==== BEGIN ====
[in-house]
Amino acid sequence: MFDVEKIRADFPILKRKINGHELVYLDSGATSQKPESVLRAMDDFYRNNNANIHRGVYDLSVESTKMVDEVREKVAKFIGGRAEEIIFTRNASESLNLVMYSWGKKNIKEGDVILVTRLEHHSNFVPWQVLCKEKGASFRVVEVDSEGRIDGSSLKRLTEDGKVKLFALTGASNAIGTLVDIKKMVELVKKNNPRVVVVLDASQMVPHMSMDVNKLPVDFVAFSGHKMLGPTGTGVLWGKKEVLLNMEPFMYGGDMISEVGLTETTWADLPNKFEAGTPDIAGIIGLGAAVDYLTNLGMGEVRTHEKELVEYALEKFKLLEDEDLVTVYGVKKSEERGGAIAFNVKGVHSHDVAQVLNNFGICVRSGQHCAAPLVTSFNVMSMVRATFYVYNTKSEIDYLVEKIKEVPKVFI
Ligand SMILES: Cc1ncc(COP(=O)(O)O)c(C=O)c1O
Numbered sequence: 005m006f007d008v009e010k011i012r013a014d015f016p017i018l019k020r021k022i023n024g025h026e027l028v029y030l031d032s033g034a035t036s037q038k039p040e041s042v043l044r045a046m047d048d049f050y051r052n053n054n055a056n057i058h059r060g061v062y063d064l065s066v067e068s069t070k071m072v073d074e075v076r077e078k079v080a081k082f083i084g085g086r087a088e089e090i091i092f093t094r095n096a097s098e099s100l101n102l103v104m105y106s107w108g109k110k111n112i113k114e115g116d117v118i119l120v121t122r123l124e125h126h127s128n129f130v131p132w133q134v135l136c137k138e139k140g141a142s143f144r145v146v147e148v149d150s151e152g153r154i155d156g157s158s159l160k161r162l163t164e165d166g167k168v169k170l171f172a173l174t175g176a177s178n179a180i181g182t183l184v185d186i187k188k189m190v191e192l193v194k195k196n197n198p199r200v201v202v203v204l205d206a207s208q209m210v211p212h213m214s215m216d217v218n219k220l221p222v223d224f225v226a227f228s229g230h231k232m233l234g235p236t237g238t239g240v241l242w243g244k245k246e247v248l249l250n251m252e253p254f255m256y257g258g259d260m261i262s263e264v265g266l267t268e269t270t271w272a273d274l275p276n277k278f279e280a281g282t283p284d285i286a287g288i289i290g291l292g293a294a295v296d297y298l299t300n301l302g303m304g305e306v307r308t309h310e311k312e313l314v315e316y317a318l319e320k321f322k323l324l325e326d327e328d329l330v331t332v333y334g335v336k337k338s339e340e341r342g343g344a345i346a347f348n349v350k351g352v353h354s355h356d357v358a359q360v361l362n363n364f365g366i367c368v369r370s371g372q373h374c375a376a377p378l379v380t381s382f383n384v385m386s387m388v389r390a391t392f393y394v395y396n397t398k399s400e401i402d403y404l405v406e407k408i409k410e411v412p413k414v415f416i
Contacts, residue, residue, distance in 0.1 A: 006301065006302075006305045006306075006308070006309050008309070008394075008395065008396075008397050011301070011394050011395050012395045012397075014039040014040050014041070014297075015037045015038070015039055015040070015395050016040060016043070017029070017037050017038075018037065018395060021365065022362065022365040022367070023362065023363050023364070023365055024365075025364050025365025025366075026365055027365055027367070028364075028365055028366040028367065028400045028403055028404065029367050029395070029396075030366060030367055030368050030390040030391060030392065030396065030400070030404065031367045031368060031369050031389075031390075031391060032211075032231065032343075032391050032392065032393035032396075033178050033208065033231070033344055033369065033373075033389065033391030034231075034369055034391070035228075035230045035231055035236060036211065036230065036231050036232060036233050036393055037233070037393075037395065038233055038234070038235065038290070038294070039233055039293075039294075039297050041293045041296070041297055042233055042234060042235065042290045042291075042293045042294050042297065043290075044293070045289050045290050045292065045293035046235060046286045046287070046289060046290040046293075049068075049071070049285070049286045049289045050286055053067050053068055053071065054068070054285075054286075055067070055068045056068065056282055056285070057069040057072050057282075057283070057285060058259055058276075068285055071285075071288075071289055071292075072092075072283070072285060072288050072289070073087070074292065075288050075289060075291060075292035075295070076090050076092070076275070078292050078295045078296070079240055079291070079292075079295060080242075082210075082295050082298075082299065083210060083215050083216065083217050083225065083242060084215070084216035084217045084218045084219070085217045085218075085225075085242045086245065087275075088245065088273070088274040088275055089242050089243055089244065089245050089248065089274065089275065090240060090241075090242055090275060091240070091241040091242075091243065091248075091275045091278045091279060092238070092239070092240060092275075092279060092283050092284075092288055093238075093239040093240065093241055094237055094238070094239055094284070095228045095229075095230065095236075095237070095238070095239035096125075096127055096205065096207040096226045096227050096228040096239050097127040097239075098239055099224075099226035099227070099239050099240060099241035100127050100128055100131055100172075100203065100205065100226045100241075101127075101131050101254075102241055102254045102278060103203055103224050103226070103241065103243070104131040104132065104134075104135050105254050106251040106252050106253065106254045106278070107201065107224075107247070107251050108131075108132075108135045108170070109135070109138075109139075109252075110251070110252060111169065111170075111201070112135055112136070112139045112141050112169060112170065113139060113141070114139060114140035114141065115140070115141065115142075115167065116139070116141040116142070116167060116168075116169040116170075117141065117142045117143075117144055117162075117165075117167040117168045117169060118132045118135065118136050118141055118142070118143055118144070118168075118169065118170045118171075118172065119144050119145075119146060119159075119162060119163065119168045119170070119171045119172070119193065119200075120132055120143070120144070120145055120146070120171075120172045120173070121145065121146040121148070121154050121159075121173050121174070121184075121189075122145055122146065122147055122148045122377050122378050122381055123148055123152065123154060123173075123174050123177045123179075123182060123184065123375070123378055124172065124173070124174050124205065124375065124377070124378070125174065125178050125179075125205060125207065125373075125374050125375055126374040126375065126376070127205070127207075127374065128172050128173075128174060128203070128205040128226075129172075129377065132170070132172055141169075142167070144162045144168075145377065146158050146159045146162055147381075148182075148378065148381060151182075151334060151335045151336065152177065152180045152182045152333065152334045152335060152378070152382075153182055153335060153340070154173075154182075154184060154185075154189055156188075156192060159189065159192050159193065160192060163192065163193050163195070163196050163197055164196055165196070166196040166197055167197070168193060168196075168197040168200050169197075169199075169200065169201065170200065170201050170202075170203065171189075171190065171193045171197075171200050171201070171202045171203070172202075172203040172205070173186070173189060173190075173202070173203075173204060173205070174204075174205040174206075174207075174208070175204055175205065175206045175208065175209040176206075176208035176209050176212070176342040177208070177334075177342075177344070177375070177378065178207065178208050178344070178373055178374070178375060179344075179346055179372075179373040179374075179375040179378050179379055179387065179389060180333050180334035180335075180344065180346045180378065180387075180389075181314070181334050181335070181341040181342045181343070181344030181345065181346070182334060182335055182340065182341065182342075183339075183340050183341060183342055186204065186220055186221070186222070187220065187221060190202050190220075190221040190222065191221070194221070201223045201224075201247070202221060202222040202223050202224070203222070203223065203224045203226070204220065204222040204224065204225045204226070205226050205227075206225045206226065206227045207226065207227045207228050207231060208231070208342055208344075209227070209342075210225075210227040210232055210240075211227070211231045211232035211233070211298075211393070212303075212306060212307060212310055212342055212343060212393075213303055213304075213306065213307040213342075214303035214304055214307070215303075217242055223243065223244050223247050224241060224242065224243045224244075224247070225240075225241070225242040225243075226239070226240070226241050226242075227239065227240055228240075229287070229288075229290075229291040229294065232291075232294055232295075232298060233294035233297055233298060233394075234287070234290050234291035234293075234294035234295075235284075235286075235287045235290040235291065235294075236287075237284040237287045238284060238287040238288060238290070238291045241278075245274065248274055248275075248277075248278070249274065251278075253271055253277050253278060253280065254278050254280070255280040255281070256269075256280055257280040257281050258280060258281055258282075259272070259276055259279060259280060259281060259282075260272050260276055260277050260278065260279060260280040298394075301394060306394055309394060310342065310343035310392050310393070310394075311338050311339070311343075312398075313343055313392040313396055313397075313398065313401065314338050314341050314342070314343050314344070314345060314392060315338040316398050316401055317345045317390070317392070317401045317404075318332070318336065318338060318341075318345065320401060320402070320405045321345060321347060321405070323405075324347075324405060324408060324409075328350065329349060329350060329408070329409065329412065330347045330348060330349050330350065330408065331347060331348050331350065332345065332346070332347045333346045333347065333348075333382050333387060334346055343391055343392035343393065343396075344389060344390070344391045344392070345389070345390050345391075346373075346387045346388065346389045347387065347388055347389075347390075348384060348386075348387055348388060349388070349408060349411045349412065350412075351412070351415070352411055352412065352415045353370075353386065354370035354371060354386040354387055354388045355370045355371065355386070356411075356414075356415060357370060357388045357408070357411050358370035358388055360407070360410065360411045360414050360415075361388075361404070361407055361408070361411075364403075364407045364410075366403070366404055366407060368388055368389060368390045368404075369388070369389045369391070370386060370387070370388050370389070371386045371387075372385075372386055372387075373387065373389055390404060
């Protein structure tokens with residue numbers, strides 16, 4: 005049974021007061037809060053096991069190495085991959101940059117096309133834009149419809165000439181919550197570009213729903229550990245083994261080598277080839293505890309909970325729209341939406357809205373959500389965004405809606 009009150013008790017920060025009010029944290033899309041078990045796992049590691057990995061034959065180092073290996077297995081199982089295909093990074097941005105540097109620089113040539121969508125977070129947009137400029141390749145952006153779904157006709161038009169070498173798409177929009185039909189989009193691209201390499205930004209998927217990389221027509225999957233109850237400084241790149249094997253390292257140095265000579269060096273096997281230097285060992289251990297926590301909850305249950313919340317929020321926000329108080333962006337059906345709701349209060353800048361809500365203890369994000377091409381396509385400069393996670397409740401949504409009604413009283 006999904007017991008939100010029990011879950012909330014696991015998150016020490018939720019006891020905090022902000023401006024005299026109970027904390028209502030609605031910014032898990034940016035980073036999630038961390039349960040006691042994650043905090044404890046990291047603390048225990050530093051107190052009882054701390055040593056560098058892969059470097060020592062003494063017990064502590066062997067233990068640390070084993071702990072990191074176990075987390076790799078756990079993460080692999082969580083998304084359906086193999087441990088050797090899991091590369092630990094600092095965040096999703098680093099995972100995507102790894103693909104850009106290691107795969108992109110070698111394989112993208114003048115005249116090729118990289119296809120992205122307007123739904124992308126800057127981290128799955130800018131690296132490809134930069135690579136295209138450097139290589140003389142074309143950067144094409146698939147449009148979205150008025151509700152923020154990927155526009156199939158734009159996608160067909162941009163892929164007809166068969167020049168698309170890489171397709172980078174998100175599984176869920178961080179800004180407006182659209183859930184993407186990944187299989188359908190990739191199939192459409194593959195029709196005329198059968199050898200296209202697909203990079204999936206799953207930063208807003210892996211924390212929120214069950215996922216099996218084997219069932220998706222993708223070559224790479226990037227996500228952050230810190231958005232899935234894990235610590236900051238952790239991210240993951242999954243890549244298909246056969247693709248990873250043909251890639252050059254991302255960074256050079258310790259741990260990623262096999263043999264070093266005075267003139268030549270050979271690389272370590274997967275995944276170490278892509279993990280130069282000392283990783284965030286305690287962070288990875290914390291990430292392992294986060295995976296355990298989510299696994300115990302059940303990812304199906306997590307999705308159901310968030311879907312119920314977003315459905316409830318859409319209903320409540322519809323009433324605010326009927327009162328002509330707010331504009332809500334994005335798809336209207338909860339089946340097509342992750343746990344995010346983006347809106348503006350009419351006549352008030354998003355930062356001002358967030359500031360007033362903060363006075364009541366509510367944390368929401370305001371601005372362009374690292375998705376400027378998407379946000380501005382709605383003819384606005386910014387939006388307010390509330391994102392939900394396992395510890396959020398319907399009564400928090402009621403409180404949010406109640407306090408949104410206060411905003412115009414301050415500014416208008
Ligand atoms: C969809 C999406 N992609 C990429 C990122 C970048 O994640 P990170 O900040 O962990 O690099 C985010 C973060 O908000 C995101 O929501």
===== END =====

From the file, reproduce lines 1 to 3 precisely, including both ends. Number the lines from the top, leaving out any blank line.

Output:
[in-house]
Amino acid sequence: MFDVEKIRADFPILKRKINGHELVYLDSGATSQKPESVLRAMDDFYRNNNANIHRGVYDLSVESTKMVDEVREKVAKFIGGRAEEIIFTRNASESLNLVMYSWGKKNIKEGDVILVTRLEHHSNFVPWQVLCKEKGASFRVVEVDSEGRIDGSSLKRLTEDGKVKLFALTGASNAIGTLVDIKKMVELVKKNNPRVVVVLDASQMVPHMSMDVNKLPVDFVAFSGHKMLGPTGTGVLWGKKEVLLNMEPFMYGGDMISEVGLTETTWADLPNKFEAGTPDIAGIIGLGAAVDYLTNLGMGEVRTHEKELVEYALEKFKLLEDEDLVTVYGVKKSEERGGAIAFNVKGVHSHDVAQVLNNFGICVRSGQHCAAPLVTSFNVMSMVRATFYVYNTKSEIDYLVEKIKEVPKVFI
Ligand SMILES: Cc1ncc(COP(=O)(O)O)c(C=O)c1O